Confession is Good for the Soul

Everyone who knows me knows that food is too important to me. A meal is seldom just a meal. My day can be ruined by a disappointment involving food. And I don't like this about myself.

If I am to be totally honest, my initial response to disappointment of any kind is often out of proportion to the situation. It's not so much what I say. I don't rant or rave or sulk. But I have one of those faces that displays emotion without saying a word. And that is often accompanied by a negative comment. Within minutes of feeling totally bummed out, I see myself and I feel like an idiot for over-reacting (even if only internally), which leads to me asking myself, "What is wrong with you? This is not a big deal. You're turning something so minor into something big. Why do you do this?" And then I begin to adapt. The whole process may take five minutes. But I don't understand why - even though I see this in myself so glaringly and want so much to change - I cannot seem to change! Adaptability nearly always follows the initial 'giving in' to the out of proportion sense of disappointment. And I want adaptability to be my INITIAL response (without having to lecture myself first).

John and I had a great day. We usually go to church on Saturday night, but we jointly hosted an engagement party last night with some other couples and had to switch to the Sunday morning service. This was the dedication weekend for our new sanctuary. And Charlie Daniels led praise and worship, which was a real treat. He and his family have attended WOC for years and Charlie has sung on numerous occasions. It's always special. (I won't even get started on how much I love Charlie and Hazel since I have had the pleasure of knowing them. But they are the definition of genuine.) Suffice it to say, church was extra-extra good today. I left feeling very uplifted.

This afternoon we went to watch our niece, Taylor, play basketball. We got to spend several hours with John's brother, Jeff, while watching her play. We had a great time. And then we went to dinner on the way home, which I was looking forward to very much.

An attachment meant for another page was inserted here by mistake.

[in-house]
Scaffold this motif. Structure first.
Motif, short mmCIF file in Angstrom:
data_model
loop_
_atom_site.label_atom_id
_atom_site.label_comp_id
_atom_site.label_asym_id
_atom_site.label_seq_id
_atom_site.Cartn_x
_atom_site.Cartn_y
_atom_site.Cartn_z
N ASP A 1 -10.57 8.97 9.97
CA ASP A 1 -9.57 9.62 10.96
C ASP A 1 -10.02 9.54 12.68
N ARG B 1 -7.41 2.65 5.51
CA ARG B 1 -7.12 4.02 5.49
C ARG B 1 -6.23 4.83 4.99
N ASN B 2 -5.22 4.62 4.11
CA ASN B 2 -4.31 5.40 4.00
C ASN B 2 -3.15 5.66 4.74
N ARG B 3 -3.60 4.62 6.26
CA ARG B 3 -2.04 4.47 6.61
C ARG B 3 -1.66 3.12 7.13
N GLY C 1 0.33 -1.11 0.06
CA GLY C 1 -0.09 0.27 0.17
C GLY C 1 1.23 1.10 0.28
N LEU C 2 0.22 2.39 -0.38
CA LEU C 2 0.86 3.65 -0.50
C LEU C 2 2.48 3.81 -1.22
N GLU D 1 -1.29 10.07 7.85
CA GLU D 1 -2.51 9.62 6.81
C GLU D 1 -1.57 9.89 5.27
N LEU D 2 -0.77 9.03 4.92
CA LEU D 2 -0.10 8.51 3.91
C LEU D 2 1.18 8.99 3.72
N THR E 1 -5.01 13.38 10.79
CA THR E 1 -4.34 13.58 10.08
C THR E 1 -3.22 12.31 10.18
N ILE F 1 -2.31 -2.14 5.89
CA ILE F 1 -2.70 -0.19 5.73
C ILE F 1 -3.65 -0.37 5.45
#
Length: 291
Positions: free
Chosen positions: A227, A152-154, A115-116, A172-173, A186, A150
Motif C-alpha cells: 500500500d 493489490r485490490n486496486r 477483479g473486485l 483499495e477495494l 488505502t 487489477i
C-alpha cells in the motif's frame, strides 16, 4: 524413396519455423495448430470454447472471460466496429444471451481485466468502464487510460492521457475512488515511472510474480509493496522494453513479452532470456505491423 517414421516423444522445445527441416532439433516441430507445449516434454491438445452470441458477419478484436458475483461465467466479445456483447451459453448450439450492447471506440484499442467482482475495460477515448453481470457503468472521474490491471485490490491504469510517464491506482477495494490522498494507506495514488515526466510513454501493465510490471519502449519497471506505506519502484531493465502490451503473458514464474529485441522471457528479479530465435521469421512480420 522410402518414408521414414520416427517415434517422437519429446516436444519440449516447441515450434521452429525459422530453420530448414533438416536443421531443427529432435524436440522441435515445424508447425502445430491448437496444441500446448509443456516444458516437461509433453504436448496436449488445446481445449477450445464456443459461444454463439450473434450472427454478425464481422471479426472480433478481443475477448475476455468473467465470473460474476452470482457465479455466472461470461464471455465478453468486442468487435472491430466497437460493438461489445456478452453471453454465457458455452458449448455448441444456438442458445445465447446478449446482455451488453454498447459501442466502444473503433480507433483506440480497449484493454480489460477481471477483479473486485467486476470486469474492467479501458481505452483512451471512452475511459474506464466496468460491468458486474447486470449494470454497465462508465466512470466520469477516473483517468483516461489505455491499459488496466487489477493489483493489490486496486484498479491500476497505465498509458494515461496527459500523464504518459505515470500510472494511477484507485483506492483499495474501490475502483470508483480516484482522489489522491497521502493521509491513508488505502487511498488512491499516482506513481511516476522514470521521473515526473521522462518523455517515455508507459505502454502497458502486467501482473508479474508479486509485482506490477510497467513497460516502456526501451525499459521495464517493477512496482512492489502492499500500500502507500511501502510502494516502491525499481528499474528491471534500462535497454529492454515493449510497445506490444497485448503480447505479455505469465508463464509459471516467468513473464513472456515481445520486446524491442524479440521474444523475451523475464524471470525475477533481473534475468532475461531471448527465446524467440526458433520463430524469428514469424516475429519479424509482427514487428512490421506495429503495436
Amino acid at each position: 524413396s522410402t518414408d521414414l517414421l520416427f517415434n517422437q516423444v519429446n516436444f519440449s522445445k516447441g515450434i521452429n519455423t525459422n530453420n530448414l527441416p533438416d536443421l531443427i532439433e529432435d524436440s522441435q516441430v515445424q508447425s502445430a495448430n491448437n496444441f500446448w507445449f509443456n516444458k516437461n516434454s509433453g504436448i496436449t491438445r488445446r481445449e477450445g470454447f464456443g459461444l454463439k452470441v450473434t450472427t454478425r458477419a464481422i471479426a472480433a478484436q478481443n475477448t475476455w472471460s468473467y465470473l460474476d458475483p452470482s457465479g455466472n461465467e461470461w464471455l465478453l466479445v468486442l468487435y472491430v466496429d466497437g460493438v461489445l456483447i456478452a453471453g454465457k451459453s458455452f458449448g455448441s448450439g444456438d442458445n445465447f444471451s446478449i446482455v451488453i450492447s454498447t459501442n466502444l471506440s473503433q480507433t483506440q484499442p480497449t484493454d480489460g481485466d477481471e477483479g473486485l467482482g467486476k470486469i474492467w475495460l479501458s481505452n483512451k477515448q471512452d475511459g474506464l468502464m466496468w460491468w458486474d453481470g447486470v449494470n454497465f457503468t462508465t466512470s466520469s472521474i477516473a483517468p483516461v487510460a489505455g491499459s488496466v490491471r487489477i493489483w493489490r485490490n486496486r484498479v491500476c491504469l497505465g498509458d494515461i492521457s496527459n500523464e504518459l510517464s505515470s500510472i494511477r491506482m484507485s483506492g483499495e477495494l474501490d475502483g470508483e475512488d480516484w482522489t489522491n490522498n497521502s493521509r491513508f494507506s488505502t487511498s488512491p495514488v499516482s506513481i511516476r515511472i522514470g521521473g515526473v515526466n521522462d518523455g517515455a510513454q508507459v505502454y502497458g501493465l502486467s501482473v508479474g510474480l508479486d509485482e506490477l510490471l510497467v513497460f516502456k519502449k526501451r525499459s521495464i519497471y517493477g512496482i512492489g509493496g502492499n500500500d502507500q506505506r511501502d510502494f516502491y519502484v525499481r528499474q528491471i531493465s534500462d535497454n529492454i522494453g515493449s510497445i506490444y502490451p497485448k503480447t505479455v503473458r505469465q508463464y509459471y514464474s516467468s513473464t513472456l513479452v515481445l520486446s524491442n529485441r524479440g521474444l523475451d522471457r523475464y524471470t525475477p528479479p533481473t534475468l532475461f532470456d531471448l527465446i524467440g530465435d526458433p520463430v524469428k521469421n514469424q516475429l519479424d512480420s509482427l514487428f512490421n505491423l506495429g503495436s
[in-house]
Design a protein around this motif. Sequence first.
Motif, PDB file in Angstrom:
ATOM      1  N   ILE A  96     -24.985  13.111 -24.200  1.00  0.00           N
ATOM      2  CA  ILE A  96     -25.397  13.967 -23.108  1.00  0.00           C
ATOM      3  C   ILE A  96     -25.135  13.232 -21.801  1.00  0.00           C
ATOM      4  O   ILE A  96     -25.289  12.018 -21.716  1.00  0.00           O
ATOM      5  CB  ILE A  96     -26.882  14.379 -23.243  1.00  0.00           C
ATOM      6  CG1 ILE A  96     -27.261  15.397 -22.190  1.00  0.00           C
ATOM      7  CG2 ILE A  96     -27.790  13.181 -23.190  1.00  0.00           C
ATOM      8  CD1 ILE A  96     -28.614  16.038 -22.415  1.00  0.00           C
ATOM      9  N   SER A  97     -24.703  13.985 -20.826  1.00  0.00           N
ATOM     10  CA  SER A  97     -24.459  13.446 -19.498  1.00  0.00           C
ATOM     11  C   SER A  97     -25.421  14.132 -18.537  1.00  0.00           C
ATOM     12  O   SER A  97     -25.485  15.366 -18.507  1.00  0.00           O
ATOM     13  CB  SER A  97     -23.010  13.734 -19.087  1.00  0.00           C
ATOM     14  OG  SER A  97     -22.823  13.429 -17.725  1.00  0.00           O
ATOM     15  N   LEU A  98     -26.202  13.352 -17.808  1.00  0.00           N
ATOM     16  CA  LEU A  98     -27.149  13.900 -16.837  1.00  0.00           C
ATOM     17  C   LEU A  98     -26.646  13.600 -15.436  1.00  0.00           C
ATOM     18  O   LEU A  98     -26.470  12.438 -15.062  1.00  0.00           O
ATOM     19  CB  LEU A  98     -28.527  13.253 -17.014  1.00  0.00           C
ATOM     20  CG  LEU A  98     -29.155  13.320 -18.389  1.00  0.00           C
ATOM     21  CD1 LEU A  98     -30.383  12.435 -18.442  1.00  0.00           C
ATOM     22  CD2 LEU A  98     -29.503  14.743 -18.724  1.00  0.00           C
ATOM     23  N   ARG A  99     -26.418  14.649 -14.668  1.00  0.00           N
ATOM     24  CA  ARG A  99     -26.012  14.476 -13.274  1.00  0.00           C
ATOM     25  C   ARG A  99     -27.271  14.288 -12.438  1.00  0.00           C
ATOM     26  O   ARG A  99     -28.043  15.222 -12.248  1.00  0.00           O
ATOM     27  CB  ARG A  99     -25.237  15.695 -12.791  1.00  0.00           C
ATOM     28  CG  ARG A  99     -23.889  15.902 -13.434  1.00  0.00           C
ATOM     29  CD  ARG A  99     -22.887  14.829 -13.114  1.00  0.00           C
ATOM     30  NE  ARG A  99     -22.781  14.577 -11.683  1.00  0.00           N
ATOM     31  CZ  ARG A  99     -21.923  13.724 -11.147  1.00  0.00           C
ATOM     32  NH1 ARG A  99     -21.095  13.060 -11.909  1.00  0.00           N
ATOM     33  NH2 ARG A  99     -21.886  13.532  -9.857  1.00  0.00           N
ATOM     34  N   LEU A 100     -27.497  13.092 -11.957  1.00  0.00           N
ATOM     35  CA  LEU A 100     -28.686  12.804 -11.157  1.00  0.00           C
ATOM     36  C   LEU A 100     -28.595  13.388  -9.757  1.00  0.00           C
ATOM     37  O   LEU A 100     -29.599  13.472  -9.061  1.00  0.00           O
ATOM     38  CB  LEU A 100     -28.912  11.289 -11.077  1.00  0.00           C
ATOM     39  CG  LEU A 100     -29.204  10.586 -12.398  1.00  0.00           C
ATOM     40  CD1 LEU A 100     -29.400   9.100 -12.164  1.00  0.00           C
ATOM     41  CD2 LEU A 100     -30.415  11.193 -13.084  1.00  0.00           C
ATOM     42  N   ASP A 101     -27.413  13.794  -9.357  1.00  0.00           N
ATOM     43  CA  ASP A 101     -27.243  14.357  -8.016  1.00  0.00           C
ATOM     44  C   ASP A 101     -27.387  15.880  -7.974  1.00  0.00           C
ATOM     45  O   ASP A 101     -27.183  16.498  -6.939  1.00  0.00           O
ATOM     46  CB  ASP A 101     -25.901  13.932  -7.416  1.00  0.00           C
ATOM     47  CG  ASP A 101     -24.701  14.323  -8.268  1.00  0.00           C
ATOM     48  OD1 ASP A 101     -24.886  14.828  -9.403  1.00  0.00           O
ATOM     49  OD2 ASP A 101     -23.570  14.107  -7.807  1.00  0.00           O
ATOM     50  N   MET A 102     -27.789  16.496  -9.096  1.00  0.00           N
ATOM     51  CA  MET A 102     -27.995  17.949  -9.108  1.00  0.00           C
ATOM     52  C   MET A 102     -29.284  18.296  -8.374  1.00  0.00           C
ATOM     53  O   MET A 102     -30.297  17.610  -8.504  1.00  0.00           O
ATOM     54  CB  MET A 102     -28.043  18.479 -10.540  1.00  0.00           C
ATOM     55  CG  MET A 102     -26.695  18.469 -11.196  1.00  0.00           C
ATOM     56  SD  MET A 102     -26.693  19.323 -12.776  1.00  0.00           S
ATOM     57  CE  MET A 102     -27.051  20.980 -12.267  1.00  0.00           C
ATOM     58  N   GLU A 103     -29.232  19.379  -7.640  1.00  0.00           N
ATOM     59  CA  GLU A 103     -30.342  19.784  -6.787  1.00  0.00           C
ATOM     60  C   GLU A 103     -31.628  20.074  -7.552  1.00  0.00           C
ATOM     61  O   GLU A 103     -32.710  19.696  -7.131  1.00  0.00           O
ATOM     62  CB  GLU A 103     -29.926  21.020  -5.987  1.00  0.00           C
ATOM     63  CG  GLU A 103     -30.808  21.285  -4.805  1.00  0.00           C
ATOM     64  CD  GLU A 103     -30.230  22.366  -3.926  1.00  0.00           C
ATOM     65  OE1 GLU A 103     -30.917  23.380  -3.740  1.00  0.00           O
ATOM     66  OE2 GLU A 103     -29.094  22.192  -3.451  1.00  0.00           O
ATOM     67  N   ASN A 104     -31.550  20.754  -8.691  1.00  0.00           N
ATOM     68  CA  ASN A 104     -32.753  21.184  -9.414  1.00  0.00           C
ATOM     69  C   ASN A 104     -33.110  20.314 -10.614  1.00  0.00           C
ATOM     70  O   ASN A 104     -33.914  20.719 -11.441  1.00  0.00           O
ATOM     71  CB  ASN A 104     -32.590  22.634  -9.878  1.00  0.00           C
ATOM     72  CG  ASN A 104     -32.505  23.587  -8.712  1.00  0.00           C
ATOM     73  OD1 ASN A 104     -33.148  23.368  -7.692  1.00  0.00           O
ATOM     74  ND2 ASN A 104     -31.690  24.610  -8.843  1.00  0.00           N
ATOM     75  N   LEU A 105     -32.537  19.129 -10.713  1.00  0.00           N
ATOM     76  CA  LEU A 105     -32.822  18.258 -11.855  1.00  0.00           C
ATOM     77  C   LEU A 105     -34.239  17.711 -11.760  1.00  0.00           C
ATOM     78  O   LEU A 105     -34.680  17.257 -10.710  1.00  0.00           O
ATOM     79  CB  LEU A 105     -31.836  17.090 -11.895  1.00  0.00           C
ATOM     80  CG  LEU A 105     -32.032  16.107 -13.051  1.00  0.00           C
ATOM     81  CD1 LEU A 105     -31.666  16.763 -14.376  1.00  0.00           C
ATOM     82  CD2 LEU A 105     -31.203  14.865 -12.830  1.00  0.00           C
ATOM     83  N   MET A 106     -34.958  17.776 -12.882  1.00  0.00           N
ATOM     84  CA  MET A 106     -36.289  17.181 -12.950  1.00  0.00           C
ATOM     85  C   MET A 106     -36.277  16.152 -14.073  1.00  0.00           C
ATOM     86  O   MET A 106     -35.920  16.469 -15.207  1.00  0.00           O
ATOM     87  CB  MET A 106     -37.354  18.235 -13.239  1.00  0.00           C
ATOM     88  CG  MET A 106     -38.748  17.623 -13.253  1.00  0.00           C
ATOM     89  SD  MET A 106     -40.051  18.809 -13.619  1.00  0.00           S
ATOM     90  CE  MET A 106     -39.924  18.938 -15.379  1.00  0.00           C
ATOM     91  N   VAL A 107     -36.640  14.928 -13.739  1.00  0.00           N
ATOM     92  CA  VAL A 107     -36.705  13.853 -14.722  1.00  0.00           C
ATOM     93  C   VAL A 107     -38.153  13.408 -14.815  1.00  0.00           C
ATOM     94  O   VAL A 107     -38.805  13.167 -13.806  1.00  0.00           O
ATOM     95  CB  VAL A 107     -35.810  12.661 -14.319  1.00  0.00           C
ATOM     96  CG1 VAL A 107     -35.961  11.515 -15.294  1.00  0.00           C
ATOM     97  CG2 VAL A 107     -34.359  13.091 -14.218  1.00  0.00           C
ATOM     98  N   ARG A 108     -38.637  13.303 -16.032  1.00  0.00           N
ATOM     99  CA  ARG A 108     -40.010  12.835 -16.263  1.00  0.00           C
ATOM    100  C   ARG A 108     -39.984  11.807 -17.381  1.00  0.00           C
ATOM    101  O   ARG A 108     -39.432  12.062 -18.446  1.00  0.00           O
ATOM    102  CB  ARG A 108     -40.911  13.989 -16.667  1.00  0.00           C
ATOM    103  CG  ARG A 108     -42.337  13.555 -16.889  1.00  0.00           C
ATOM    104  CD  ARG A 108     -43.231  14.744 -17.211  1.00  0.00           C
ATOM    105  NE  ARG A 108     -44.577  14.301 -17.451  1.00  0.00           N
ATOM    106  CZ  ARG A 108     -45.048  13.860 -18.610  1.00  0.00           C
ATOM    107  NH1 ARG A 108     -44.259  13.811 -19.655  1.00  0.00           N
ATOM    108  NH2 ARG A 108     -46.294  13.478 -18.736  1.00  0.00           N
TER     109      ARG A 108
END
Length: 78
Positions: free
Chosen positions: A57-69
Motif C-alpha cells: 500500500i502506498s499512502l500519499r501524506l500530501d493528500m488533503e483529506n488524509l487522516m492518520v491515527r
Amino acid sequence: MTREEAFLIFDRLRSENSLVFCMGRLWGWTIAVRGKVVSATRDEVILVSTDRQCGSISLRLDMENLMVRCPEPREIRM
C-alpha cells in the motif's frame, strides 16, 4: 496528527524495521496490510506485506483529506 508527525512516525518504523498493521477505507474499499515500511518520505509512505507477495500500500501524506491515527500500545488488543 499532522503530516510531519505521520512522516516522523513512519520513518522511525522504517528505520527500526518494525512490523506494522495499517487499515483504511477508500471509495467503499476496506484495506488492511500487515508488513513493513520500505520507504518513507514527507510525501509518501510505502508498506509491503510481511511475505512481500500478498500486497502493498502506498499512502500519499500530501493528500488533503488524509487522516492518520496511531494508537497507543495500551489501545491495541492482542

We are regulars at Parthenon Grille and I have favorite dishes. All day I thought about how good their Smoked Salmon Mascarpone appetizer sounded, followed by one of my favorite entrees, Shrimp & Scallop Linguine. I knew what I wanted before we walked in the door. And here's where the confession begins:

We sat down. I looked at the menu. I realized it was not the regular menu, but a special Mother's Day limited menu. And the two things I was craving were not offered. In the server's presence, I looked at John (with palpable disappointment) and said, "What we normally order is not even on the menu tonight because of Mother's Day." (I might as well have said, "Mother's Day is ruined. Let's go.") The server said, "On major holidays, we always have a limited menu. I'm sorry." On the first glance, nothing on the special menu appealed to me. But, truthfully, that was just because I had chosen to give in to my "wah-wah" spoiled inner child. The server seemed a little nervous and offered to go get us a glass of water.

When she walked away, John said, "Well, I don't want to go somewhere else." And I said, "Oh, it's okay. I can try something different, I guess." And as soon as I said it, I began to think about how ridiculous it was to feel so much emotion over a meal (and embarrassed that I had felt it necessary to express my disappointment in front of the server). I said to John, "Was I a b**** just now? Tell me the truth." And my kind husband (who never reacts to anything - including my reactions) said, "Well, keep in mind, there is a difference between being one and occasionally acting like one." Ouch. In the kindest possible way, he answered just as I had asked ... honestly. And I had to laugh. Which led to me asking him, "Why can I see this unattractive trait in myself and still not be able to change it?" He just smiled and said, "Well, dear, food is just a little too important to you."

When our server returned, I was just as sweet as I could be. We asked if there was any chance we could get the smoked salmon appetizer and she said she would ask Angelo (the chef). Probably because he knows us by name and we are such regular customers, he told her to tell us he would do his best to make us whatever we wanted. And, yes, we could have the smoked salmon. I was then as happy as I had previously been disappointed (crazy as that sounds). And for the remainder of my meal, I elected to order from the limited menu. (For the record, I tried something new and it was delicious.)

In spite of all my special requests (and I do tend to recreate menu items from time to time) the two servers who routinely take care of us always seem happy to do so. But because of the holiday, we had a server who didn't know us tonight and I felt that I had caused her stress right off the bat with my negative reaction to the menu. I really regretted that. So I made certain I didn't miss a single opportunity to thank her throughout the rest of the meal. John knows from experience how tough the restaurant business is and he always tips genersously. But tonight he teased me and said, "I wrote a note on the check telling her I gave her a little extra to make up for your reaction to the menu." (He didn't, of course.)

I'm thankful for insight into myself. I'm thankful for humor. I'm thankful for a husband who loves me just as I am. And I'm thankful for grace. But I still want and need to change!

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